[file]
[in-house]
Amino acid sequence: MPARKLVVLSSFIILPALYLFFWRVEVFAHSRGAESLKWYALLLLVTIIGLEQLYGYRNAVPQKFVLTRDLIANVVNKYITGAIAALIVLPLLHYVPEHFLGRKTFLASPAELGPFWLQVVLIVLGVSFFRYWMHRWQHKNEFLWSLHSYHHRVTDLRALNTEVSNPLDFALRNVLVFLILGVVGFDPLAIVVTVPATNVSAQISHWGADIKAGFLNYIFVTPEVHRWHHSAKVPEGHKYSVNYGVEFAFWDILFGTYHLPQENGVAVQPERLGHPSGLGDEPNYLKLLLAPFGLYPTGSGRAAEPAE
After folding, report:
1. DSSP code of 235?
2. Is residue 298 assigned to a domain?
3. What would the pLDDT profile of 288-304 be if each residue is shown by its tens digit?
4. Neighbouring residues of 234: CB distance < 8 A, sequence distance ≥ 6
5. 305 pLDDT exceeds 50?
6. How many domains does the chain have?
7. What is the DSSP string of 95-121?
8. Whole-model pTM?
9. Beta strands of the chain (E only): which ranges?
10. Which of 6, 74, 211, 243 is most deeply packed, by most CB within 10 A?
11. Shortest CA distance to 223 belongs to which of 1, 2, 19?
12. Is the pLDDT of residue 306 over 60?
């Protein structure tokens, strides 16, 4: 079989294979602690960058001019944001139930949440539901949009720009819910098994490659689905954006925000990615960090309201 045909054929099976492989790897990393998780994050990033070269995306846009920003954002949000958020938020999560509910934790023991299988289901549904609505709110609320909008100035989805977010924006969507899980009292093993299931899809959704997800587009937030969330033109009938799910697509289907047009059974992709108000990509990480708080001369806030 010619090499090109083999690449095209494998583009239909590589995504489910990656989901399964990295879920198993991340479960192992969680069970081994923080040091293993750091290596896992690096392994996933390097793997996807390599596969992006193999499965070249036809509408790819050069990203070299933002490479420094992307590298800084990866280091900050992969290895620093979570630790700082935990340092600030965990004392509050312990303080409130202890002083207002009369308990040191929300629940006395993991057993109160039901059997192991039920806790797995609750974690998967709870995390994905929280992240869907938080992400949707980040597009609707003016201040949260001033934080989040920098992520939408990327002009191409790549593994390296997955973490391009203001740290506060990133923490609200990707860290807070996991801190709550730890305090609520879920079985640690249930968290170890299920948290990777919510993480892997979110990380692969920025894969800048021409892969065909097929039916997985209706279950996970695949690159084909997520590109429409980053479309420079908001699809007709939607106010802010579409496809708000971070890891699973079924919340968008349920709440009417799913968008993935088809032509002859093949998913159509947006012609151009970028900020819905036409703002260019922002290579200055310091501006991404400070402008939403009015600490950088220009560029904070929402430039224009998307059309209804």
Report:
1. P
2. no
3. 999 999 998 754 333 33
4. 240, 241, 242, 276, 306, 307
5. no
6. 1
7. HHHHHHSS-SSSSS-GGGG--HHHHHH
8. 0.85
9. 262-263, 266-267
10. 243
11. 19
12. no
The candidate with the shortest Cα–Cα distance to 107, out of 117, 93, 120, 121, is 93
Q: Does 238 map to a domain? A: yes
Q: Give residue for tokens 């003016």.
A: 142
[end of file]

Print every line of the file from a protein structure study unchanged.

[in-house]
Amino acid sequence: MPARKLVVLSSFIILPALYLFFWRVEVFAHSRGAESLKWYALLLLVTIIGLEQLYGYRNAVPQKFVLTRDLIANVVNKYITGAIAALIVLPLLHYVPEHFLGRKTFLASPAELGPFWLQVVLIVLGVSFFRYWMHRWQHKNEFLWSLHSYHHRVTDLRALNTEVSNPLDFALRNVLVFLILGVVGFDPLAIVVTVPATNVSAQISHWGADIKAGFLNYIFVTPEVHRWHHSAKVPEGHKYSVNYGVEFAFWDILFGTYHLPQENGVAVQPERLGHPSGLGDEPNYLKLLLAPFGLYPTGSGRAAEPAE
After folding, report:
1. DSSP code of 235?
2. Is residue 298 assigned to a domain?
3. What would the pLDDT profile of 288-304 be if each residue is shown by its tens digit?
4. Neighbouring residues of 234: CB distance < 8 A, sequence distance ≥ 6
5. 305 pLDDT exceeds 50?
6. How many domains does the chain have?
7. What is the DSSP string of 95-121?
8. Whole-model pTM?
9. Beta strands of the chain (E only): which ranges?
10. Which of 6, 74, 211, 243 is most deeply packed, by most CB within 10 A?
11. Shortest CA distance to 223 belongs to which of 1, 2, 19?
12. Is the pLDDT of residue 306 over 60?
């Protein structure tokens, strides 16, 4: 079989294979602690960058001019944001139930949440539901949009720009819910098994490659689905954006925000990615960090309201 045909054929099976492989790897990393998780994050990033070269995306846009920003954002949000958020938020999560509910934790023991299988289901549904609505709110609320909008100035989805977010924006969507899980009292093993299931899809959704997800587009937030969330033109009938799910697509289907047009059974992709108000990509990480708080001369806030 010619090499090109083999690449095209494998583009239909590589995504489910990656989901399964990295879920198993991340479960192992969680069970081994923080040091293993750091290596896992690096392994996933390097793997996807390599596969992006193999499965070249036809509408790819050069990203070299933002490479420094992307590298800084990866280091900050992969290895620093979570630790700082935990340092600030965990004392509050312990303080409130202890002083207002009369308990040191929300629940006395993991057993109160039901059997192991039920806790797995609750974690998967709870995390994905929280992240869907938080992400949707980040597009609707003016201040949260001033934080989040920098992520939408990327002009191409790549593994390296997955973490391009203001740290506060990133923490609200990707860290807070996991801190709550730890305090609520879920079985640690249930968290170890299920948290990777919510993480892997979110990380692969920025894969800048021409892969065909097929039916997985209706279950996970695949690159084909997520590109429409980053479309420079908001699809007709939607106010802010579409496809708000971070890891699973079924919340968008349920709440009417799913968008993935088809032509002859093949998913159509947006012609151009970028900020819905036409703002260019922002290579200055310091501006991404400070402008939403009015600490950088220009560029904070929402430039224009998307059309209804």
Report:
1. P
2. no
3. 999 999 998 754 333 33
4. 240, 241, 242, 276, 306, 307
5. no
6. 1
7. HHHHHHSS-SSSSS-GGGG--HHHHHH
8. 0.85
9. 262-263, 266-267
10. 243
11. 19
12. no
The candidate with the shortest Cα–Cα distance to 107, out of 117, 93, 120, 121, is 93
Q: Does 238 map to a domain? A: yes
Q: Give residue for tokens 């003016």.
A: 142